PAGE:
I am continuing my commentary of the excellent Cambridge Companion to the Stoics, of which I have published a number of installments already (e.g., here, here, here, here, and here). I’ve got to the chapter by R.J. Hankinson, on “Stoicism and medicine.” And no, this isn’t going to be a post directing you to use some kind of Greco-Roman “alternative” treatments for your cold.
Hankinson begins by noting that some ancient philosophers were actively interested in medicine (e.g., Sextus Empiricus), and vice versa a number of physicians had interesting things to say about philosophy (most obviously Galen). More broadly, their discussions really went to the core of the issue of the nature of science and the limits of epistemology — in many ways a very modern issue.
One big debate at the time concerned the location of the “soul,” or more specifically of the reasoning function. Setting aside the obviously non-materialistic take of Plato, Aristotle suggested that sensation and thought were located in the heart, a position later endorsed by the Stoics. Yes, I know, this sounds ridiculous, but early anatomical research had clearly shown the heart to be an important center of the body, from which all sorts of major and minor ramifications spread throughout the organism, so the heart-centered hypothesis wasn’t that crazy (and it was based on empirical studies, unlike Plato’s metaphysics).
However, already Alcmaeon of Croton (~480BCE) had identified the brain as the organ of reason, and shortly thereafter other authors also considered it the location of pleasure and emotion.
Part of the confusion, and of the reason why the Stoics initially sided with the heart theory, was that Praxagoras thought that the nerves were the end-points of the arteries. However, soon Herophilus not only differentiated the nervous systems from other structures, but was even able to distinguish between motor and sensory nerves.
Chrysippus, the third head of the Stoa, either did not know of Herophilus’ work, or did not think it valid, which is why he sided with the heart theory, earning Galen’s scorn.
Nonetheless, the Stoics did have some interesting insight. For instance, they thought that what they called “pneuma” was a fundamental substance that permeated the world and which comes in three types, one of which made both animal perception and human thought possible. While the details are sketchy, Hankinson says: “the role of pneuma as an analogue to the function of the motor nervous system is clear.”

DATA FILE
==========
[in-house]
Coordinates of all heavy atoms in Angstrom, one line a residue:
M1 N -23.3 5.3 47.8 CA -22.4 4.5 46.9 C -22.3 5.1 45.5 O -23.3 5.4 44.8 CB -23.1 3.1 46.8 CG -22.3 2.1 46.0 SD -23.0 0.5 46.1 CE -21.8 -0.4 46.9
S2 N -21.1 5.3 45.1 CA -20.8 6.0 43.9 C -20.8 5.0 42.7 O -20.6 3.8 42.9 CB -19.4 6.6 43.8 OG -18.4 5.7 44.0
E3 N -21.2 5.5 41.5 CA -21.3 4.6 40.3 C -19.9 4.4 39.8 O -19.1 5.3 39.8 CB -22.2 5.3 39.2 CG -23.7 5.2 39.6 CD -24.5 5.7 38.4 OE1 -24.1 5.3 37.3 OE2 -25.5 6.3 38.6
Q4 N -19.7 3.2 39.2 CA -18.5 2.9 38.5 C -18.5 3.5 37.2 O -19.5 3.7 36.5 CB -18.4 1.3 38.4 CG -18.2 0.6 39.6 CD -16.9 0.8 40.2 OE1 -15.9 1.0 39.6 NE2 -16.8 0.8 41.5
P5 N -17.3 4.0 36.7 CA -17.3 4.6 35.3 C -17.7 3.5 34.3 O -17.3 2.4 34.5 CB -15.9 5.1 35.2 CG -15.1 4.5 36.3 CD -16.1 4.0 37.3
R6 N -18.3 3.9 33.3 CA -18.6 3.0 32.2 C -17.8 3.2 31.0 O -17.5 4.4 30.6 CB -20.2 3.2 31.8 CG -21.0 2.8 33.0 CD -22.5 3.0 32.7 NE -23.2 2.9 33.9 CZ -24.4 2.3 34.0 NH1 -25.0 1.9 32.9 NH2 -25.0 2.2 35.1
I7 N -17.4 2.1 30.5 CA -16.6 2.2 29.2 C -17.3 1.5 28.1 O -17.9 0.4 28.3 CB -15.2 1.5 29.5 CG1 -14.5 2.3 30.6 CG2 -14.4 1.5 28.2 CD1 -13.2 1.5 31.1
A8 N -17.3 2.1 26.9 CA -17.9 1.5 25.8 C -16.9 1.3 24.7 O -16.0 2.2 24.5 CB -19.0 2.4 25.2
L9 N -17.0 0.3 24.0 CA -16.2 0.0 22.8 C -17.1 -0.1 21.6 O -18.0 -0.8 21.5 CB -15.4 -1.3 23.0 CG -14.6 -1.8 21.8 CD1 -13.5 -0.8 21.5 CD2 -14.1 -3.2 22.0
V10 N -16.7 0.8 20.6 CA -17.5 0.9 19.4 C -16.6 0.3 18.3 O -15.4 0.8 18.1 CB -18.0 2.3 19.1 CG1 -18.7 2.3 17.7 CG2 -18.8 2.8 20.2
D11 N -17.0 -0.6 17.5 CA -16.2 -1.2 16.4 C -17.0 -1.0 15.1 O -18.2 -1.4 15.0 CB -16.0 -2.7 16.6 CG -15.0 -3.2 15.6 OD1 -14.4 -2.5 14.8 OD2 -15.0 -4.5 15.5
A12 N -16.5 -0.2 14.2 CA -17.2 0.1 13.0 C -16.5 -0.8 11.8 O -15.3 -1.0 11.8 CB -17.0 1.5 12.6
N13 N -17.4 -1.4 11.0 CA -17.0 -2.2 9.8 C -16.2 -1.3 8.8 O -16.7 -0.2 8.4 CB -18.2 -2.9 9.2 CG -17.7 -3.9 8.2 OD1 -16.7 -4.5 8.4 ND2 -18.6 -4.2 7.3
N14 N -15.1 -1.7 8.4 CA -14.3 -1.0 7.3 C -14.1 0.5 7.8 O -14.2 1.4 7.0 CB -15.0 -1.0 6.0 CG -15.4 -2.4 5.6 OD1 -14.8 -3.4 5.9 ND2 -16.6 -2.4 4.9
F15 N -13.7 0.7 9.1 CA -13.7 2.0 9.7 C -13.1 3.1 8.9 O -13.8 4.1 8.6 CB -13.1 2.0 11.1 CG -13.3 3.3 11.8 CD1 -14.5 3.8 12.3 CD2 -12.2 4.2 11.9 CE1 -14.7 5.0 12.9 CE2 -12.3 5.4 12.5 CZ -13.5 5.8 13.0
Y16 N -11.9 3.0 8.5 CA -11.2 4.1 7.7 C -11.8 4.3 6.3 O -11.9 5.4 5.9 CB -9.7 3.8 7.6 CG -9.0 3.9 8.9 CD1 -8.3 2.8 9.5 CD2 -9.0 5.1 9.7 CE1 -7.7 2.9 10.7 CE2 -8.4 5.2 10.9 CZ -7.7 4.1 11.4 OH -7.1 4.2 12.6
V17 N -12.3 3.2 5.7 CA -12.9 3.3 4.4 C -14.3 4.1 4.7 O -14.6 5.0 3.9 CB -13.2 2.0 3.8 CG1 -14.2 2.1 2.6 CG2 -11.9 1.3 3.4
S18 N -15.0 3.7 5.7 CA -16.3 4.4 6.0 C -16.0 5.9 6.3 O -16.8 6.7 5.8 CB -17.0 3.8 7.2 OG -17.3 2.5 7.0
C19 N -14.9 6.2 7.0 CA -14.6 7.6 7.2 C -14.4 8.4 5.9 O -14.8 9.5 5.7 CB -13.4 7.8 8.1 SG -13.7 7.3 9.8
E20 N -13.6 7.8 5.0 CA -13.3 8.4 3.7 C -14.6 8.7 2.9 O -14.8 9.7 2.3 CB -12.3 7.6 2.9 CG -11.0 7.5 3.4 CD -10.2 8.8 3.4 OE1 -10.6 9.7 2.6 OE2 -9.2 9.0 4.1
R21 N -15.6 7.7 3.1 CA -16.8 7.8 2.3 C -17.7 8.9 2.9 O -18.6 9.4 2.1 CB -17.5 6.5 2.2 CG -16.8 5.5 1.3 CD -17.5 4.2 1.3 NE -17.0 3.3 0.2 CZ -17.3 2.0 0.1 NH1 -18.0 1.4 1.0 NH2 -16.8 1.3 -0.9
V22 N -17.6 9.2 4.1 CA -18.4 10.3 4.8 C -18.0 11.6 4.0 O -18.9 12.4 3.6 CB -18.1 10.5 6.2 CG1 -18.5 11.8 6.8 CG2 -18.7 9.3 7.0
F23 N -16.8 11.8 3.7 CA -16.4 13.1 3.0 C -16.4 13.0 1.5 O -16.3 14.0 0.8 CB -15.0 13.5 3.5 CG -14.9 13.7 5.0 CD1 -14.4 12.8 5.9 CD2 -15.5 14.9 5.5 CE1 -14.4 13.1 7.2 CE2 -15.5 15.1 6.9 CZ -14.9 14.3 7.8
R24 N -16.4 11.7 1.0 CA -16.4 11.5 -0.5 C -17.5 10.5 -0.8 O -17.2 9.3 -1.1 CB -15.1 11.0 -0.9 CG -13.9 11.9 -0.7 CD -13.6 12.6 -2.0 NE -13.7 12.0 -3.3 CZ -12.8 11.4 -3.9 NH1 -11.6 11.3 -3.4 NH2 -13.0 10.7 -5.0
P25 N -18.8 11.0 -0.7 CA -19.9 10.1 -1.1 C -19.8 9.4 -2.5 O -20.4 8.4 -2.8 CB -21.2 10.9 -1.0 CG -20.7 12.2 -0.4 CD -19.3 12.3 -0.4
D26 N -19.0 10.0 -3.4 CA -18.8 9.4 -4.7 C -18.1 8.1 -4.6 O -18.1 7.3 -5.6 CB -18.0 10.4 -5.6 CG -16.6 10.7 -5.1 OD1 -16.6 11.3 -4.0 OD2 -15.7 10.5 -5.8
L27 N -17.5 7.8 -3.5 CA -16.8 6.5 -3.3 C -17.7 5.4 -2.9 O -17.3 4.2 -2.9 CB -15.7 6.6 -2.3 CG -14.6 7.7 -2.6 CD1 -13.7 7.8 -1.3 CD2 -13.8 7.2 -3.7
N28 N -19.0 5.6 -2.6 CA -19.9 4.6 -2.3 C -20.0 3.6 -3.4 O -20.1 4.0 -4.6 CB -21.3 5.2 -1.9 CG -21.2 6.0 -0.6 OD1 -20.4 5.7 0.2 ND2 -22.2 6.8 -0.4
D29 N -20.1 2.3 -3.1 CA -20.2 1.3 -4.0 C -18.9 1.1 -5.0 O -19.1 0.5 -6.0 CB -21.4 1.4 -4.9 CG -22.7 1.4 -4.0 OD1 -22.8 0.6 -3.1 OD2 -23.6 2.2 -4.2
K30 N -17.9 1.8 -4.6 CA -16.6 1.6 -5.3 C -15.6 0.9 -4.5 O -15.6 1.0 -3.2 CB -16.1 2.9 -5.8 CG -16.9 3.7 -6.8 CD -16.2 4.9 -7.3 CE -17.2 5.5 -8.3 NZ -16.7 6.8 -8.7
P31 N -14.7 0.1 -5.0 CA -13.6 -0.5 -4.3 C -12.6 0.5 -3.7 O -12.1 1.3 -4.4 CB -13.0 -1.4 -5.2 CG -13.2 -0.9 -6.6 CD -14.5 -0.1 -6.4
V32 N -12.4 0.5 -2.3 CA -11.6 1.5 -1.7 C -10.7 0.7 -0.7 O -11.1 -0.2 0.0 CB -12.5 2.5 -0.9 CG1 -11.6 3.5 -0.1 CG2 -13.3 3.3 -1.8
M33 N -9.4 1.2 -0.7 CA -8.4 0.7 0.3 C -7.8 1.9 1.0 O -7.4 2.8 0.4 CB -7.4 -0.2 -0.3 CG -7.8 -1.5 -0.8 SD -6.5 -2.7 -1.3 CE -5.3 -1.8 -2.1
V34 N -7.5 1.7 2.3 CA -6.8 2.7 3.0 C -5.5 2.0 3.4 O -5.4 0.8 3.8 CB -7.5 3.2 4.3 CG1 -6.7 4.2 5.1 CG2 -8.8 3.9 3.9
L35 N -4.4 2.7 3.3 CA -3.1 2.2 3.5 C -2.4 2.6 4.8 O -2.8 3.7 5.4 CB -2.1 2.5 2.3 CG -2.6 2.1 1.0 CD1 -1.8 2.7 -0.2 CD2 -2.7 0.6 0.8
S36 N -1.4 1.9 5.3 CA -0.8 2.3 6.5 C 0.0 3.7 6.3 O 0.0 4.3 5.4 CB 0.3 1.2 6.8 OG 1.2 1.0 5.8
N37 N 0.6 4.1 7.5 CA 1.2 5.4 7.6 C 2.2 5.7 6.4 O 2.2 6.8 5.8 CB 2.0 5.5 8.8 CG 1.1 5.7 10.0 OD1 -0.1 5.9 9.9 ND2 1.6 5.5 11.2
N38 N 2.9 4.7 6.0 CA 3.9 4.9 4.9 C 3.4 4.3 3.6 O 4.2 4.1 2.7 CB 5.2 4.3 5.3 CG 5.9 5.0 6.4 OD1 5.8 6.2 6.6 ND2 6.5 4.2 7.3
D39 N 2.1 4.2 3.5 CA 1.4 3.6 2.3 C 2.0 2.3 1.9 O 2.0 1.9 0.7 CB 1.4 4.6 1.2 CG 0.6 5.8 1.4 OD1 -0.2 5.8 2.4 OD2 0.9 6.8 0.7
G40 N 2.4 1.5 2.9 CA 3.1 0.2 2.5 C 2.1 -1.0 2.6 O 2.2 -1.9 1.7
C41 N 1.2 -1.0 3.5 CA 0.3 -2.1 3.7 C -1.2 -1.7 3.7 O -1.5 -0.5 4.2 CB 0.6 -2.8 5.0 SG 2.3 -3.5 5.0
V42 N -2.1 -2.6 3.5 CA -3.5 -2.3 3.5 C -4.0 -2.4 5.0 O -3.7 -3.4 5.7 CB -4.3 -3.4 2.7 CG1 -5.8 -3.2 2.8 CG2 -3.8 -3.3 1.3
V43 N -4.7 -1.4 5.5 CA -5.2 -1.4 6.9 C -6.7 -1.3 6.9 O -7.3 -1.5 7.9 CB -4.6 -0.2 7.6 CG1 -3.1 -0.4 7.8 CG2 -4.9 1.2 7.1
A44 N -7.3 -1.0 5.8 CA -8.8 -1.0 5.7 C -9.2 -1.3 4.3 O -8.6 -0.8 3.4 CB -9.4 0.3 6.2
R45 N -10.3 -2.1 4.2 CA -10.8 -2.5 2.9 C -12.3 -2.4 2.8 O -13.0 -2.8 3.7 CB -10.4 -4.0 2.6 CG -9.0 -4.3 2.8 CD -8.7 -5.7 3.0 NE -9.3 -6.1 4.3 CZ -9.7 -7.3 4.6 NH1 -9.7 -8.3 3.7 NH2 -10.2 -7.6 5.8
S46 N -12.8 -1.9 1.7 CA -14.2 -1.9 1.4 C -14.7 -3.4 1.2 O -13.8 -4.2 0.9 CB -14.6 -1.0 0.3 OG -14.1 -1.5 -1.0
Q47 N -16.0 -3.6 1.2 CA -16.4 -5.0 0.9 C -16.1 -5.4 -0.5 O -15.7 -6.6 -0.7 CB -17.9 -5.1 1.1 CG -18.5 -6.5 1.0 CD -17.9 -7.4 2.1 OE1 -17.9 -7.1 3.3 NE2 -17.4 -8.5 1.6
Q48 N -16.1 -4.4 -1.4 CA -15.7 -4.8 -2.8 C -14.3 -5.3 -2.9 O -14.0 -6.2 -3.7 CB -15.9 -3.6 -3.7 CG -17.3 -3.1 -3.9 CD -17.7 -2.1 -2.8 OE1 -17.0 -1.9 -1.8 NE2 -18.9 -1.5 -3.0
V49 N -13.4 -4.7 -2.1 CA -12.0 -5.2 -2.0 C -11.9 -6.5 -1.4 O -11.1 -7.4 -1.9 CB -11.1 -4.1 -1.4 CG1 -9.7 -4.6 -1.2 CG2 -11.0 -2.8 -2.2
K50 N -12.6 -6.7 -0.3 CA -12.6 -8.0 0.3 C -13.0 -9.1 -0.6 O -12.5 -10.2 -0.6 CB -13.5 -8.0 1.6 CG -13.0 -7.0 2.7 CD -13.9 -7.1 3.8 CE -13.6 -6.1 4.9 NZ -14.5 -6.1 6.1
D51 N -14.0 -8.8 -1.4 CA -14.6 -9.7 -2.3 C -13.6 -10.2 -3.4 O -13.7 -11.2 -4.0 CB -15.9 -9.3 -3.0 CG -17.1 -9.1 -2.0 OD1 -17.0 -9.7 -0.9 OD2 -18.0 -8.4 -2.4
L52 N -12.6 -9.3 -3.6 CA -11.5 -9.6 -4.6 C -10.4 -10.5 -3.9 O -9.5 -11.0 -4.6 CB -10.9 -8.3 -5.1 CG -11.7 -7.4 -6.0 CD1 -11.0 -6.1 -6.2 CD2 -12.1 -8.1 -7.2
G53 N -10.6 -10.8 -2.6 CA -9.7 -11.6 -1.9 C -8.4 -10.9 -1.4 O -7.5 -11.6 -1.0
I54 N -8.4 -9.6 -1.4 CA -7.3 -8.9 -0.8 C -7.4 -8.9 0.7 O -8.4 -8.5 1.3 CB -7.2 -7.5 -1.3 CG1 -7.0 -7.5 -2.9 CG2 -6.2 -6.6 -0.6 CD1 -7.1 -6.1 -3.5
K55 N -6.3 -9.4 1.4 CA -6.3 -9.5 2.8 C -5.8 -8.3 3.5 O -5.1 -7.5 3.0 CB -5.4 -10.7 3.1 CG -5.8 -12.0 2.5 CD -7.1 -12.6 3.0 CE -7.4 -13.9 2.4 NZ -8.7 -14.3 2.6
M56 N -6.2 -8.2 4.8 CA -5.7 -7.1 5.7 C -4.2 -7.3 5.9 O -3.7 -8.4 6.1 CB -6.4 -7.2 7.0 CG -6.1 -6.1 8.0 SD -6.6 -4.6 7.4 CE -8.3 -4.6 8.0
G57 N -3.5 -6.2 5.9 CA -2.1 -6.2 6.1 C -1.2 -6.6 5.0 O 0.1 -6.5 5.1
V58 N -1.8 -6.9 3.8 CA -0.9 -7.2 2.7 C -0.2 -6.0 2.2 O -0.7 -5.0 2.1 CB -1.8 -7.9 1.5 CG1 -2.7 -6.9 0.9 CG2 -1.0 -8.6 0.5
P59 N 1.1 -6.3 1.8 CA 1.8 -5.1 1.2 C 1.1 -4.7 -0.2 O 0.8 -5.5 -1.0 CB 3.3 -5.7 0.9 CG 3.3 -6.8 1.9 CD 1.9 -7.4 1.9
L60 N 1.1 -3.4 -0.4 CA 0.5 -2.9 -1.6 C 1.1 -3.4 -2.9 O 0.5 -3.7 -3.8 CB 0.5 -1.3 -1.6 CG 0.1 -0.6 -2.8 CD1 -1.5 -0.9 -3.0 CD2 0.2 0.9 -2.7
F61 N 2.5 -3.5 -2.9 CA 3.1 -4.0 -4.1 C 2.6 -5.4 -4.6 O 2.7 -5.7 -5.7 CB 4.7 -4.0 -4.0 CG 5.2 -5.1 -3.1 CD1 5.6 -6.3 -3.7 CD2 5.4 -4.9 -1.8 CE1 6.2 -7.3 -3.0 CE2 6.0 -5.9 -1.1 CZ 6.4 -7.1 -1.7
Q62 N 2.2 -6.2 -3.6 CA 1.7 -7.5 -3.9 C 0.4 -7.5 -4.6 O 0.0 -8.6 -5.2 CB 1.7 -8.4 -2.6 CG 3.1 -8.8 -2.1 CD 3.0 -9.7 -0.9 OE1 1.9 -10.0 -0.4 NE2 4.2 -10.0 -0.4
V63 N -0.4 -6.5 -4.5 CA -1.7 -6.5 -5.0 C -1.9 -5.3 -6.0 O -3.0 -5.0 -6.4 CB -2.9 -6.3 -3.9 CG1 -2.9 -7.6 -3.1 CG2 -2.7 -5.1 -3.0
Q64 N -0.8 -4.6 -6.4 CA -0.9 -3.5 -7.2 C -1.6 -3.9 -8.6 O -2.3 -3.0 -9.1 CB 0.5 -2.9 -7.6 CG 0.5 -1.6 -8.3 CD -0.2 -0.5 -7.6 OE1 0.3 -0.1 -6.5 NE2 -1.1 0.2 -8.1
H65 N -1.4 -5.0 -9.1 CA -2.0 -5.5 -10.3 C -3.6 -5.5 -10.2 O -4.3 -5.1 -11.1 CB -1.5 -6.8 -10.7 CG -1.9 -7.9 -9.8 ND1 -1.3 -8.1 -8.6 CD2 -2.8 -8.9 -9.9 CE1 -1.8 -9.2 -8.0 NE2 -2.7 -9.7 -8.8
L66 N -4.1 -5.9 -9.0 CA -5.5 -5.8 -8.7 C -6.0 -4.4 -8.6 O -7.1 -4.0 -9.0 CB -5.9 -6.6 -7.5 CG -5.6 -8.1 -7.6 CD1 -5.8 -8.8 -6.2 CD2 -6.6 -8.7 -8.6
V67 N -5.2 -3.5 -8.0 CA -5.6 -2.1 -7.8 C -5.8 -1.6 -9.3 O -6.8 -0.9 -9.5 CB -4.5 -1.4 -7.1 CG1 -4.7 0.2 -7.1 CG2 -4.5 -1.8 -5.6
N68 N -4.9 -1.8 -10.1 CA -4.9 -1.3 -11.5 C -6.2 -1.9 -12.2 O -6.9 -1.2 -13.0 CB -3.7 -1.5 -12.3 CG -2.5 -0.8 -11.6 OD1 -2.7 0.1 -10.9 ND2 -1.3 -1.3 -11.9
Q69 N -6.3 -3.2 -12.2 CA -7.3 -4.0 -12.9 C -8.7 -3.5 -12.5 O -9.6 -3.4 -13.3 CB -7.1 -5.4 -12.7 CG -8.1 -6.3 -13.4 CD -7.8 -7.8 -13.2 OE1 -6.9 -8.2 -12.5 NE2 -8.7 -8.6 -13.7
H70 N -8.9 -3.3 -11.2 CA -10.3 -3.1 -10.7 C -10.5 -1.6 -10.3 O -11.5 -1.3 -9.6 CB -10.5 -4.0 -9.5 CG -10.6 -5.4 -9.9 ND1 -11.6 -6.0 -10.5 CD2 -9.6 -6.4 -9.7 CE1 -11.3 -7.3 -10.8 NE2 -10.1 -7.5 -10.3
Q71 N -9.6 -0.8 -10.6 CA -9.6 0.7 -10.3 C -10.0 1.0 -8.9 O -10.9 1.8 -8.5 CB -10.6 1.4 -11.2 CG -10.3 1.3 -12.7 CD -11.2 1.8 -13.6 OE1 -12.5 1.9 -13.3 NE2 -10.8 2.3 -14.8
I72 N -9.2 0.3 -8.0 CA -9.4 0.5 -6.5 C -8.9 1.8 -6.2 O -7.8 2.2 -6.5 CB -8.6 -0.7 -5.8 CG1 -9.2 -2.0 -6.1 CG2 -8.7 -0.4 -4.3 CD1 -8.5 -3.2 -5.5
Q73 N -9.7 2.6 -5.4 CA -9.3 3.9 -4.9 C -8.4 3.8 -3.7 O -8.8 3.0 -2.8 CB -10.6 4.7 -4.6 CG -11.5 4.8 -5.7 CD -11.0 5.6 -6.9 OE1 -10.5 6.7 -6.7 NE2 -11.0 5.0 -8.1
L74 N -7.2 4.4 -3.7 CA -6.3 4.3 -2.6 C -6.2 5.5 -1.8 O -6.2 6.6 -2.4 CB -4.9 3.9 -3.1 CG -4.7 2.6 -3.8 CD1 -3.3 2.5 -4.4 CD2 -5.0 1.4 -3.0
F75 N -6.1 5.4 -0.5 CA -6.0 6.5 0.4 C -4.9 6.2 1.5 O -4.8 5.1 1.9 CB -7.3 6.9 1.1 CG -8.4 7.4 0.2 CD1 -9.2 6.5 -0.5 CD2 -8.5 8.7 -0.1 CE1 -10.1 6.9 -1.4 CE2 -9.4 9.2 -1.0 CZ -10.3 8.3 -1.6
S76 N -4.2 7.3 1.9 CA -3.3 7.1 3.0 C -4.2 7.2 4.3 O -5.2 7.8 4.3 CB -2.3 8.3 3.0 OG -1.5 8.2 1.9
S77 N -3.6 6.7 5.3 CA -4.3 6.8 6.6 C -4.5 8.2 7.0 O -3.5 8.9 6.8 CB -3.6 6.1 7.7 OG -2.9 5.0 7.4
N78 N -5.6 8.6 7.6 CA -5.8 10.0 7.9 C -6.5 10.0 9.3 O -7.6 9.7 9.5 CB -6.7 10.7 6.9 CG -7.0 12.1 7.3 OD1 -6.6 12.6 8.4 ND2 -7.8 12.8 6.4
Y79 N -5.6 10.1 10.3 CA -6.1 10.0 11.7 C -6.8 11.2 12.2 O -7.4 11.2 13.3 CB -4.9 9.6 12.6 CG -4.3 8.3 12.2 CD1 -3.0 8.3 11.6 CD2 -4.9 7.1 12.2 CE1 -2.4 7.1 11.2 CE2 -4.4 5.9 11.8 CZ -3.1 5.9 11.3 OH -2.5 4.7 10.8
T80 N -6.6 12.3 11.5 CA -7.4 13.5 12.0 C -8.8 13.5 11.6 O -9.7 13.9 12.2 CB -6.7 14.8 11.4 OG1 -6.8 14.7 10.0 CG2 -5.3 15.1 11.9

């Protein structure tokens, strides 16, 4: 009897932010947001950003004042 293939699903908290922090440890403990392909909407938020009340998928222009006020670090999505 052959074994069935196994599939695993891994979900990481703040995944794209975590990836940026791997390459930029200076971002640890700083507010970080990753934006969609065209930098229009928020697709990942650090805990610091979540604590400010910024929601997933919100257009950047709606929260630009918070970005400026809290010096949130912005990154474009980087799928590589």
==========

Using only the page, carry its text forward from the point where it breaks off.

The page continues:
I find Hankinson’s discussion of causality and determinism in this chapter particularly interesting. Here Galen and Chrysippus find themselves roughly on the same side, and against non-Stoic authors like Alexander of Aphrodisias.
At issue is Alexander’s contention that if the Stoics are right and the universe is deterministic, then we cannot possibly be held responsible for our actions. This, obviously, is a very modern discussion, currently being played out between determinist incompatibilists and compatibilists about free will. Here is how Hankinson’s summarizes the Stoic position:
“Fate, properly so-called, is not to be identified with the whole causal structure of everything, but rather only with the initiating causes of processes or actions, the external stimuli which set them going. … To take a particular example of the sort relevant to the discussion of freedom and responsibility, the stimulus to my seeking food may be a sense impression of something edible; but my merely seeing it is not enough to make me eat – a whole internal structure of beliefs, desires, and volitions is called into play as well. More importantly, the same stimulus may affect different people differently: oysters move me to gluttonous excess while leaving you cold. The proper explanation of this discrepancy … is to be found in the differences in our internal dispositions. I am responsible for what I do, even though it is caused, because it is my dispositions and beliefs that are doing the crucial work in producing the outcome. Neither the fact that they would not have done so without the stimulus, nor the fact that, given the stimulus, they cannot (other things being equal) fail to produce the outcome, are relevant.”
I think this is a pretty darn sophisticated account of compatibilism. I’m equally confident that it will leave incompatibilists unmoved, just as it did in the time of Chrysippus.
The broader discourse, however, as I mentioned at the beginning, was about the limits of epistemology and the nature of science. Here Galen strikes a better compromise than the Stoics: he maintained that no physician could be good at medicine if he didn’t take into account philosophy (in this he was reacting to a group of empiricists who wanted nothing to do with metaphysics); but he also faulted the Stoics, among others, for not paying sufficient attention to the empirical advances being made by the science of anatomy even at the time. Later Stoics agreed, and ended up belatedly endorsing the brain theory of thought over the now increasingly untenable heart theory.